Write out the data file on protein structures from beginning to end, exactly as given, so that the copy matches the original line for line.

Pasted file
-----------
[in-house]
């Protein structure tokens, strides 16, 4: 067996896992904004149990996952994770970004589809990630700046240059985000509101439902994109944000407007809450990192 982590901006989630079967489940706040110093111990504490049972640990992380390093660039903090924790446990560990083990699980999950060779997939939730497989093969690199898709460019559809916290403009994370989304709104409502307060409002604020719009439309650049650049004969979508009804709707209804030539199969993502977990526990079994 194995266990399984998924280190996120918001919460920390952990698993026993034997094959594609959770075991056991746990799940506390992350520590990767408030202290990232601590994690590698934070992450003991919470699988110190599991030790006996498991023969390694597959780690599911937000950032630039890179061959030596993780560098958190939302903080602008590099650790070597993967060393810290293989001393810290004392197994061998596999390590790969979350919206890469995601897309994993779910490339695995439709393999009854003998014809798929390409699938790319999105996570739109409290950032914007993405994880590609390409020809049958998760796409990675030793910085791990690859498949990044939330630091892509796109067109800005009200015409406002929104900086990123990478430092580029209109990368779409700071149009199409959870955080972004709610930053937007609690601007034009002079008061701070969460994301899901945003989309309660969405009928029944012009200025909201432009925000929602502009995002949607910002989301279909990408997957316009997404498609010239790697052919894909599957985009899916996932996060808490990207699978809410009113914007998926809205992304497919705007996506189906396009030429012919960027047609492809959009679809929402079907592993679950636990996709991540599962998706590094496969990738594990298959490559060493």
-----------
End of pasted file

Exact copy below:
[in-house]
């Protein structure tokens, strides 16, 4: 067996896992904004149990996952994770970004589809990630700046240059985000509101439902994109944000407007809450990192 982590901006989630079967489940706040110093111990504490049972640990992380390093660039903090924790446990560990083990699980999950060779997939939730497989093969690199898709460019559809916290403009994370989304709104409502307060409002604020719009439309650049650049004969979508009804709707209804030539199969993502977990526990079994 194995266990399984998924280190996120918001919460920390952990698993026993034997094959594609959770075991056991746990799940506390992350520590990767408030202290990232601590994690590698934070992450003991919470699988110190599991030790006996498991023969390694597959780690599911937000950032630039890179061959030596993780560098958190939302903080602008590099650790070597993967060393810290293989001393810290004392197994061998596999390590790969979350919206890469995601897309994993779910490339695995439709393999009854003998014809798929390409699938790319999105996570739109409290950032914007993405994880590609390409020809049958998760796409990675030793910085791990690859498949990044939330630091892509796109067109800005009200015409406002929104900086990123990478430092580029209109990368779409700071149009199409959870955080972004709610930053937007609690601007034009002079008061701070969460994301899901945003989309309660969405009928029944012009200025909201432009925000929602502009995002949607910002989301279909990408997957316009997404498609010239790697052919894909599957985009899916996932996060808490990207699978809410009113914007998926809205992304497919705007996506189906396009030429012919960027047609492809959009679809929402079907592993679950636990996709991540599962998706590094496969990738594990298959490559060493």